Dive right in

31 Mar 2011

There’s no better way to escape the crazy world of honking cars, exploding email inboxes, beeping BlackBerrys and frenzied business schedules than to – quite literally – dive into another world.

When I am underwater and surrounded by a completely different ecosystem, I am forced to slow down, relax and enjoy the liberating sensation of floating free in the middle of a body of water. To really enjoy a dive you have to do everything at a measured pace; I calm my breathing and find a gentle rhythm – something I am not conscious of day-to-day. Once this state of grace is reached, I’m able to really enjoy watching the many extraordinary marine creatures and the shifting colours of the sea. The relative silence is punctuated only by the “bloop, bloop, bloop” noise of the air bubbles bursting from my breathing apparatus, and the occasional clank of metal as my divemaster uses his metal rod to strike his scuba tank in order to attract our attention to something
worth noticing.

Diving in Asia

When asked how I would describe the underwater world, I say every dive I make is either fascinating, awesome or amusing – often all three at once. Idyllic hotspots such as the Maldives, Seychelles and Caribbean may rightly be held up as dream diving destinations, but here in Asia we are blessed with equally great dive locations, boasting rich marine environments that can fulfil our most indulgent underwater fantasies.

Diving in Asia

Best of all, many of these locales are easily accessible, affordable and located in centres of beach tourism and hedonistic pleasure that enhance any dive holiday – particularly the mandatory no-fly period at the end of your trip. For me, this enforced dive-free day is a time to chill out, sort through my dive photos, or feast – food being my other favourite pastime. The fact that dive destinations in Asia almost always come with great food is to me just the icing on the cake.

Let me introduce you to four of Southeast Asia’s most popular diving destinations, where the natural beauty both above and below the waterline complement each other perfectly.


Boracay - Party Central

Getting to Boracay can be half the fun. First you fly in to Ninoy Aquino International Airport, then head over to Manila Domestic Airport for a short flight – often by propeller plane – to Caticlan on Panay Island. (Pack your bags carefully, as passengers are often weighed along with their baggage at the airport for all flights into and out of Caticlan, to ensure that the plane is not overloaded.) Next comes a ride on a banca (outrigger) over the clear-blue waters from Caticlan Port to Boracay Port, and finally the quick buzz to White Beach in a motor trike.

There’s no shortage of good accommodation along Boracay’s famous White Beach, and once there, you can choose to enjoy barefoot luxury or slip on some Havaianas (flip-flops) for the duration of your trip. Filipinos really know how to party, so if you’re there during Holy Week, you are in for some great nights out.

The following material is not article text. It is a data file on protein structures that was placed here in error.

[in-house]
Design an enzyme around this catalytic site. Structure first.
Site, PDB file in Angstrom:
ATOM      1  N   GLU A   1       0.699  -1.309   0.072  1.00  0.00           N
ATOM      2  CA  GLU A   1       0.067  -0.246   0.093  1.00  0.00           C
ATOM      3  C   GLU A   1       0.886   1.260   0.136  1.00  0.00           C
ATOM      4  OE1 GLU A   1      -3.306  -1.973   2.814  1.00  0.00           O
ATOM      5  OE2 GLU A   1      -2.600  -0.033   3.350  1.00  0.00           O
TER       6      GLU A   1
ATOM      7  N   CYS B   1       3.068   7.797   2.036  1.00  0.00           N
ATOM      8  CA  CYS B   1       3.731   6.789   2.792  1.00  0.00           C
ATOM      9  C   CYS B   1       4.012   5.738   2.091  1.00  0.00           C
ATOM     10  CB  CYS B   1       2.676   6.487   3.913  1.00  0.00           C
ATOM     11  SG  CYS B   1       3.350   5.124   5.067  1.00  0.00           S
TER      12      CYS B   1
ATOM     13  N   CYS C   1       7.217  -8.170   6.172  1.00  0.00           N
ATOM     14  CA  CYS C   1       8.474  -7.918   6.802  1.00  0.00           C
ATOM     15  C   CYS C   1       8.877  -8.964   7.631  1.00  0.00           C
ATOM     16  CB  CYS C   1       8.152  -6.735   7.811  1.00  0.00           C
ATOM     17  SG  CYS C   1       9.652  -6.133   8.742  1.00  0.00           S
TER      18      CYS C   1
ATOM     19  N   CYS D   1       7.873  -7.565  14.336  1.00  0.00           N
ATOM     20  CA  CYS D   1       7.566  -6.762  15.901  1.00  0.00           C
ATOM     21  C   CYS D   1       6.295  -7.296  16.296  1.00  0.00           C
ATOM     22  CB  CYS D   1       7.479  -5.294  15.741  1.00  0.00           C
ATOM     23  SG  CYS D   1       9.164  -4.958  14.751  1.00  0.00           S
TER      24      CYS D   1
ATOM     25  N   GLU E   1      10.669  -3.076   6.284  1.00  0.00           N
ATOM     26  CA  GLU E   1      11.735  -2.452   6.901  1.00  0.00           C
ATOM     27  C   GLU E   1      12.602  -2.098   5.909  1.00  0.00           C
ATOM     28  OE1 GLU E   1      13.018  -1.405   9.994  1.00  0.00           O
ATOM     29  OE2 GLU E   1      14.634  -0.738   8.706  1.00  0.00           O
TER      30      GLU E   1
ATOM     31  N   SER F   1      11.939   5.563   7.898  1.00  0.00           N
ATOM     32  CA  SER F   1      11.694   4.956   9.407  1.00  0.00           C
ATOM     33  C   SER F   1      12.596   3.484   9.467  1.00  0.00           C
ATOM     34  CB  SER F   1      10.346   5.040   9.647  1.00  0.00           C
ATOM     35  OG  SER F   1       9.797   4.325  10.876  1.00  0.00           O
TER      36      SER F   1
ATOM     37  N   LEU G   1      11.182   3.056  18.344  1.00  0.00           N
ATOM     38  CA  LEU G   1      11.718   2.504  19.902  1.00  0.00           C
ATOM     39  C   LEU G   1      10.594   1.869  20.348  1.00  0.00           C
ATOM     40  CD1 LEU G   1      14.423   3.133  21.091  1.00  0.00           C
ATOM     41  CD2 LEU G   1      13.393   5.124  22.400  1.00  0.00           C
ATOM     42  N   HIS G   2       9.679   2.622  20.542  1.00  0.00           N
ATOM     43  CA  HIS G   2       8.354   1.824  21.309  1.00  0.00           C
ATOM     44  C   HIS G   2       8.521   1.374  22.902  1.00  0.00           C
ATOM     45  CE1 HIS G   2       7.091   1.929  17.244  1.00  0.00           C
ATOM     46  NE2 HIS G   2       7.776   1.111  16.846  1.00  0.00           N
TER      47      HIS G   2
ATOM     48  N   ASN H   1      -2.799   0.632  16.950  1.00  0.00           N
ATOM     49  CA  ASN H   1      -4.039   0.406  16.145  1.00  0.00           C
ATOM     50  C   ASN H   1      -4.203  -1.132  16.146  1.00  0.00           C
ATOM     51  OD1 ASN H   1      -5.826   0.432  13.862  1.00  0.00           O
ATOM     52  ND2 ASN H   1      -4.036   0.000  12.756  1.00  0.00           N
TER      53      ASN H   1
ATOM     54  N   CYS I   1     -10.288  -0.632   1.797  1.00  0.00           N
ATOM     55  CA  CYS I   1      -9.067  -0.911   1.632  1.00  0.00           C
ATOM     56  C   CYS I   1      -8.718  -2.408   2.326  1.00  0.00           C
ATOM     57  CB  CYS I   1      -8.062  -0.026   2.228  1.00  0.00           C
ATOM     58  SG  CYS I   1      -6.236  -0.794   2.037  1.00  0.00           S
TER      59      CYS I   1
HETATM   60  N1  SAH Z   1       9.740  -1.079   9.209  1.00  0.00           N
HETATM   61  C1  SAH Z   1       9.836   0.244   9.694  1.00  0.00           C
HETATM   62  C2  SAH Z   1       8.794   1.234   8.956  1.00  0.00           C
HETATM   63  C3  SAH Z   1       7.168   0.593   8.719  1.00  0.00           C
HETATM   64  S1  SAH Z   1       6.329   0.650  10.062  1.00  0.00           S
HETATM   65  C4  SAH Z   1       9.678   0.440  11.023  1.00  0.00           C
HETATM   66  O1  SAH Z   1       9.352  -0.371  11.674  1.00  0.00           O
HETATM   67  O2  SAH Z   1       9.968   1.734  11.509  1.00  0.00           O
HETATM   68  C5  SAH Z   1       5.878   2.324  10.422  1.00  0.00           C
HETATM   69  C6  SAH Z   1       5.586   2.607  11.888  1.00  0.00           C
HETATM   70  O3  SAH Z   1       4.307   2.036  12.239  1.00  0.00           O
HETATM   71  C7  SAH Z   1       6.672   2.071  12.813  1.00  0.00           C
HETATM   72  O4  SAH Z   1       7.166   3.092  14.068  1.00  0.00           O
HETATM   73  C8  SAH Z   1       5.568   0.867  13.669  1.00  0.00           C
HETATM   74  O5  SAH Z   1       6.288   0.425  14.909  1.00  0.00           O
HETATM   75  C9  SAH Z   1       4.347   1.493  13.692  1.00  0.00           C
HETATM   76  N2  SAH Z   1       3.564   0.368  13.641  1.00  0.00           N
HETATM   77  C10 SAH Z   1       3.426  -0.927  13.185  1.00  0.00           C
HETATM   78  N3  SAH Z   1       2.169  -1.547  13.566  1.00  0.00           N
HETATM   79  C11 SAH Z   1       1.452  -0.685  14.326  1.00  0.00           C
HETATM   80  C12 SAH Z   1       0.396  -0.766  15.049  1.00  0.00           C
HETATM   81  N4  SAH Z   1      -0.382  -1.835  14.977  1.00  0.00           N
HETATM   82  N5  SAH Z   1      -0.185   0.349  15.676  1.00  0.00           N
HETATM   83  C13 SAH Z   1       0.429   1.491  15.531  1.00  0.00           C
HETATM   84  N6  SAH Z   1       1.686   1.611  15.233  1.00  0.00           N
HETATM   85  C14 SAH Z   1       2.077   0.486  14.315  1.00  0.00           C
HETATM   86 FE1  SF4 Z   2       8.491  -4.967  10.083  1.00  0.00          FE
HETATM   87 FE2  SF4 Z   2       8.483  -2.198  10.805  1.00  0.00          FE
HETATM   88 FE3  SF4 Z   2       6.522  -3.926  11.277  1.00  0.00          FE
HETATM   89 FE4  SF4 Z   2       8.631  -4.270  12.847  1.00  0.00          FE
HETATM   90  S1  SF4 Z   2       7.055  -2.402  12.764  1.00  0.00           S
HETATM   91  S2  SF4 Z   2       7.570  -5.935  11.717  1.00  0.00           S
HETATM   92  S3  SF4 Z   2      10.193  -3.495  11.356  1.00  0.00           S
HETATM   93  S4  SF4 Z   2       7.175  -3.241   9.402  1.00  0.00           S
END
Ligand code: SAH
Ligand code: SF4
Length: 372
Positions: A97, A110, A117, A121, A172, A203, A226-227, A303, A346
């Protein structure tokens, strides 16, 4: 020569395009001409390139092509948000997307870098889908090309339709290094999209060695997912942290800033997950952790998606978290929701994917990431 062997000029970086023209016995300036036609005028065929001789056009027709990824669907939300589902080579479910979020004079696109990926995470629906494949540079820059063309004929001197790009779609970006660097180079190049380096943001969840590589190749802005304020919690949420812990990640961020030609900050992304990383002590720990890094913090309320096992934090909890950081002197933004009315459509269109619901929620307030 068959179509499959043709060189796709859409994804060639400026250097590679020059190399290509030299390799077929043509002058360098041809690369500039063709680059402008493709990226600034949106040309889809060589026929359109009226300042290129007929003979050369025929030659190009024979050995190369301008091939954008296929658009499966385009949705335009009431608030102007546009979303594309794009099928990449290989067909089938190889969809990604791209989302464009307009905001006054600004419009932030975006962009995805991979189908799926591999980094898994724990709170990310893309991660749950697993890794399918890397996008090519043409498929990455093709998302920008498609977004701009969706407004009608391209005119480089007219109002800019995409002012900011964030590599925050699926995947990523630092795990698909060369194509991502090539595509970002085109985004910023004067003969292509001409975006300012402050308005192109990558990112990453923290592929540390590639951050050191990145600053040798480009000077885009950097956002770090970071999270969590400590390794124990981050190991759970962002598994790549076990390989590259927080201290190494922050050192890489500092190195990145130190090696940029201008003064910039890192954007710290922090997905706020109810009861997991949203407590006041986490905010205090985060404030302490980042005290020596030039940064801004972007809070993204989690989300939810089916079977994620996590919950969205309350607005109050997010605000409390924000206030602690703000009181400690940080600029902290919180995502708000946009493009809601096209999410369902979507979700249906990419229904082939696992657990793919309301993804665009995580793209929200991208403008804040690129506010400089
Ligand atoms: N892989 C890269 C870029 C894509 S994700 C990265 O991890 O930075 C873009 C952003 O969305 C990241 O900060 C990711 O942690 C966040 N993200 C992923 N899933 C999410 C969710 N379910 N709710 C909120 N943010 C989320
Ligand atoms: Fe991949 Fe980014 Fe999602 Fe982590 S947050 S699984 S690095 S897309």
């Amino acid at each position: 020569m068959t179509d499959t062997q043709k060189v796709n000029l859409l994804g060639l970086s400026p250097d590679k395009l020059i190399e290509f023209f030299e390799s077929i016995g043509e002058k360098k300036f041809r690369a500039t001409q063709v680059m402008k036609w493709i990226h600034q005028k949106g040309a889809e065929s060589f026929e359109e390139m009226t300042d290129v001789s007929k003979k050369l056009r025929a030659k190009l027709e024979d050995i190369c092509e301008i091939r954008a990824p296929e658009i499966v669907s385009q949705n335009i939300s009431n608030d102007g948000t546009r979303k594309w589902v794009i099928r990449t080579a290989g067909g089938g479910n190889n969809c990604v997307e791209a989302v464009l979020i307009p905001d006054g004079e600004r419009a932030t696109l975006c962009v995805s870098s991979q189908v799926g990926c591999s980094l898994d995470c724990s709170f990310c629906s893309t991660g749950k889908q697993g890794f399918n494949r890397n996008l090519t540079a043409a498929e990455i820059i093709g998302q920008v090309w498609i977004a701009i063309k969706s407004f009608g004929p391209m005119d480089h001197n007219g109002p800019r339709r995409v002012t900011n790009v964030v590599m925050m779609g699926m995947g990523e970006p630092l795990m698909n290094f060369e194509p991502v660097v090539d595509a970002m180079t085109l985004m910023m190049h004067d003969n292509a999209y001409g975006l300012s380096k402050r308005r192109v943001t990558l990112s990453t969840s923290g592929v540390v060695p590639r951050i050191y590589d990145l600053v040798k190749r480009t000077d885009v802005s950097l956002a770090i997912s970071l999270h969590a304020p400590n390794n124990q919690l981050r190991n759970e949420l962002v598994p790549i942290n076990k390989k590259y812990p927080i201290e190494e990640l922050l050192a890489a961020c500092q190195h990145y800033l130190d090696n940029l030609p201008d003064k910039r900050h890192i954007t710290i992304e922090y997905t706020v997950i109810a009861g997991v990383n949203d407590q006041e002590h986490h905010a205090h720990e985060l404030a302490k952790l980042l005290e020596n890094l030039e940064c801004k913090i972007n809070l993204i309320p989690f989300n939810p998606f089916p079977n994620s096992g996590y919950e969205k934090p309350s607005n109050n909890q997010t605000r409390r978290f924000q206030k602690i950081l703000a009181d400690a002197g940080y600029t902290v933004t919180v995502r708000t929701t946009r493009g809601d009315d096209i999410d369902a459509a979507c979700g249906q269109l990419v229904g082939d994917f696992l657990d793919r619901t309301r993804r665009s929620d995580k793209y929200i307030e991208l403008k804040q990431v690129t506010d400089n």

Along White Beach, my dive buddy and I signed up with the New Wave Divers operation for a few dives. “Boy” (his real name is Rogelio Lopez Jr) was our divemaster, and he certainly knew how to have fun underwater. We dived straight off our very cool outrigger boat at two sites, Balinghai and Angol Point, and though the day was cloudy, water conditions were perfect, with no surface chop or strong currents. Underwater, there were plenty of distractions for us, with mantis shrimp, nudibranchs, turtles, starfishes, frogfish, Moorish angelfish and other marine creatures, all competing for our attention.

My dive buddy seems to attract the much-feared triggerfish wherever he dives, and it was no different this time around. Luckily, it was not nesting season, or else we would have been spending much of the time avoiding territorial triggerfish, which protect their sandy nests by attacking anything that comes near, and can give a nasty bite. While we were spared any triggerfish incidents, I was stung by a baby jellyfish, but thankfully, it was only mild. Out at Friday’s Rock and in shallower depths, we were treated to some lovely coral reefscapes populated by their colourful marine residents, and even a reef tunnel through which we could swim.

Back on White Beach during my pre-flight no-dive days, I treated myself to servings of chicken inasal, seafood dinners and dessert treats at the many restaurants that lined the beach. Another must-try is the mango shake at Jonah’s Milkshake, where the food is also delectable. It was such a treat too to be able to enjoy a cocktail on the beach and watch the boats come in as the sun set. I highly recommend this therapeutic activity for all jaded city dwellers. If time permits, take a paraw boat tour of the islands as well, and indulge in a pampering massage session at the Mandala Spa. You won’t regret it.

Best time to go: October to December, March to May


Manado - The Real Deal

When it comes to diving in Asia, Manado, near the northern tip of Sulawesi, Indonesia, is known as a dive mecca. On board a flight into Manado, take a good look at the passengers around you and you will notice that many of them sport expensive dive watches and deck themselves out in dive T-shirts and other dive related items. Checking them out, I almost felt privileged to be on the same flight, heading to Bunaken National Park for my diving fix armed only with my own mask and snorkel.

Pre-trip research determined that I would stay with the Sedona Hotel in Manado, home to Minahasa Divers, considered by many divers to be one of the best operators in the region. Over the next two days, Minahasa Divers took us to various sites, including Fukui, Patas Kota, Lekuan III, even to explore the Molas shipwreck. The diving was wonderful, and we never grew tired of the marine life on display, from Moorish idols and pretty anemonefish to flamboyant cuttlefish, blue spotted stingrays, sea snakes and more – though my favourite sighting had to be an up-close encounter with a loggerhead turtle.

It was clear that some fellow divers on our boat were far more experienced than us. During a muck dive – the name given to diving on the less visually splendid muddy bottoms of certain areas – I was hugely impressed by one diver’s ability to handle nearly eight kilos’ worth of camera equipment smoothly and with precision, all for the sake of shooting the fascinating and often bizarre marine life to be found there.